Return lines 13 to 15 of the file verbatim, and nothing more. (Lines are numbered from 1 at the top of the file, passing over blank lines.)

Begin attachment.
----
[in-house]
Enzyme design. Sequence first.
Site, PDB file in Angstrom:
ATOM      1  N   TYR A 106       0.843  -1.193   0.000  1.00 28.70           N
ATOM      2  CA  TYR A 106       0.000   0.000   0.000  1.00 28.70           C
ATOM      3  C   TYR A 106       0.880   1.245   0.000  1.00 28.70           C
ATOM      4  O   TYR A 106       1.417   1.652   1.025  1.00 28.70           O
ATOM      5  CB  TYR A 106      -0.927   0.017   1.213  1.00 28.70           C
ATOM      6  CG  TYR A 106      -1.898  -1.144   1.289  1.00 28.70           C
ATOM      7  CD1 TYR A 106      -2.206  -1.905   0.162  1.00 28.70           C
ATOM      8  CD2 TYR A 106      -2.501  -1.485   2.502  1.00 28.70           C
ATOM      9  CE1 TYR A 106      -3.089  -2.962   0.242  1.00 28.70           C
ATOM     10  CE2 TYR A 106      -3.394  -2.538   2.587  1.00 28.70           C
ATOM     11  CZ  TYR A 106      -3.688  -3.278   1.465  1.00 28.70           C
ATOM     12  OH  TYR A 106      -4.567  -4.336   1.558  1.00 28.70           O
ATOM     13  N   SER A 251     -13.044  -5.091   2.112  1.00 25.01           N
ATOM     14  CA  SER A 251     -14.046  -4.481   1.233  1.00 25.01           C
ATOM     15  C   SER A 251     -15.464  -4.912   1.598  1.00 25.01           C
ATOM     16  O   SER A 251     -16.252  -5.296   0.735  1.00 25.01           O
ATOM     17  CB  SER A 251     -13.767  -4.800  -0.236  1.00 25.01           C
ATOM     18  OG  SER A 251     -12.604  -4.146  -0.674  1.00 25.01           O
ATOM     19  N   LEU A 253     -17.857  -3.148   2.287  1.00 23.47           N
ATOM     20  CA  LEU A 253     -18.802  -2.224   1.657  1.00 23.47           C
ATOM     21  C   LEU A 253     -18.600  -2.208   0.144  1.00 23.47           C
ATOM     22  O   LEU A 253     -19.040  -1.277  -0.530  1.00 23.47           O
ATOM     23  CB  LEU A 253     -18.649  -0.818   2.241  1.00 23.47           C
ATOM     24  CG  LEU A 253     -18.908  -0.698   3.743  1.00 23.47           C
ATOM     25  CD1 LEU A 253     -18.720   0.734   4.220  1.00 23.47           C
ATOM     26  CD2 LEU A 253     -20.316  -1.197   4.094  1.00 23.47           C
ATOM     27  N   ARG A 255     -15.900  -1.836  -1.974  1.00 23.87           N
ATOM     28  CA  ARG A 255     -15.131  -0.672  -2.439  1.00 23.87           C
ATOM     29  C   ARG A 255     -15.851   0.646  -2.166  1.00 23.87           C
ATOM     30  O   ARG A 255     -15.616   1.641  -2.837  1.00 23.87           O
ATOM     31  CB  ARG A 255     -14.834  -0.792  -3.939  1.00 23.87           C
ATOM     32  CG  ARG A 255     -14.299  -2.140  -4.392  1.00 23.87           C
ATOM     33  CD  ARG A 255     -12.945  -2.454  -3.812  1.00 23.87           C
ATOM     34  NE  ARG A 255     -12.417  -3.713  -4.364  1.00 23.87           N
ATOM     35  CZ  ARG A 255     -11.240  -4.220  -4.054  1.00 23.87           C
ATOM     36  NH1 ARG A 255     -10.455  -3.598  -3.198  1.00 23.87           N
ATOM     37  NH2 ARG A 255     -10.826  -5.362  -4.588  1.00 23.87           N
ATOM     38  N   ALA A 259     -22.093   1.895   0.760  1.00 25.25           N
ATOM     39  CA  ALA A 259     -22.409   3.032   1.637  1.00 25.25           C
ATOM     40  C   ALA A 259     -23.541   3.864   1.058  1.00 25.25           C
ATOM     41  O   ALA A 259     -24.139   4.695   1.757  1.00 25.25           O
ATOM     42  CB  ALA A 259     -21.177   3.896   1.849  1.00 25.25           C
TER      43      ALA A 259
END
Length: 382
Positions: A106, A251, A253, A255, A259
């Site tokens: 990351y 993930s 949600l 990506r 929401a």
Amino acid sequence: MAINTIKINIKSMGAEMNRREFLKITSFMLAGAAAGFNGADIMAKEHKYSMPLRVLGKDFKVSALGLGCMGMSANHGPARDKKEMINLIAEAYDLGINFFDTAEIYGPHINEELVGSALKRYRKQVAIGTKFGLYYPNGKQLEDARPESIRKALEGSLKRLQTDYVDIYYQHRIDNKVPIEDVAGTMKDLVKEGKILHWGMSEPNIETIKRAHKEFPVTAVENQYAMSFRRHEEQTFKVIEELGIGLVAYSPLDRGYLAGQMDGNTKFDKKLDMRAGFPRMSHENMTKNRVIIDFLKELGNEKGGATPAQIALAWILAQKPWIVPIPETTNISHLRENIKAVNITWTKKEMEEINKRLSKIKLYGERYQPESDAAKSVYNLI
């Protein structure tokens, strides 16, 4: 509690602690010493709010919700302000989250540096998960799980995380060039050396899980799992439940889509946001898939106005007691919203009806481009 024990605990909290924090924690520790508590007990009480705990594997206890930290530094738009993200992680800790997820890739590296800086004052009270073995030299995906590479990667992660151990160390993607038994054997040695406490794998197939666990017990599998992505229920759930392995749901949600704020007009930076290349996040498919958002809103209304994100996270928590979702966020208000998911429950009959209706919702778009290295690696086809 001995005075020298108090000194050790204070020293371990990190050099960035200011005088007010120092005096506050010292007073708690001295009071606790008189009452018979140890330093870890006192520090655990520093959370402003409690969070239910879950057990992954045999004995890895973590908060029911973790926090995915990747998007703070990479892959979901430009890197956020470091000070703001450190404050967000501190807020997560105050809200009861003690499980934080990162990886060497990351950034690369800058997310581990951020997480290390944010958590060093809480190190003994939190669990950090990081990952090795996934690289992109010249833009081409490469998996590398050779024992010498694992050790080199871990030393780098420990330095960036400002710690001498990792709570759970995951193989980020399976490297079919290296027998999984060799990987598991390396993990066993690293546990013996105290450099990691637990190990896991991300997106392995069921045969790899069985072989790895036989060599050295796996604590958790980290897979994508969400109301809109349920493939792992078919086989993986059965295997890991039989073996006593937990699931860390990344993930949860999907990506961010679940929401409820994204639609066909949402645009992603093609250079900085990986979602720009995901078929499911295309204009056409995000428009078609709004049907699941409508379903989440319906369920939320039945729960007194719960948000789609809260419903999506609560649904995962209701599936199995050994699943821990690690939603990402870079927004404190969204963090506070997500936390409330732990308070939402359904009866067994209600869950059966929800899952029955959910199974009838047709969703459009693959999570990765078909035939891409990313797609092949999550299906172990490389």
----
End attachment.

ATOM     10  CE2 TYR A 106      -3.394  -2.538   2.587  1.00 28.70           C
ATOM     11  CZ  TYR A 106      -3.688  -3.278   1.465  1.00 28.70           C
ATOM     12  OH  TYR A 106      -4.567  -4.336   1.558  1.00 28.70           O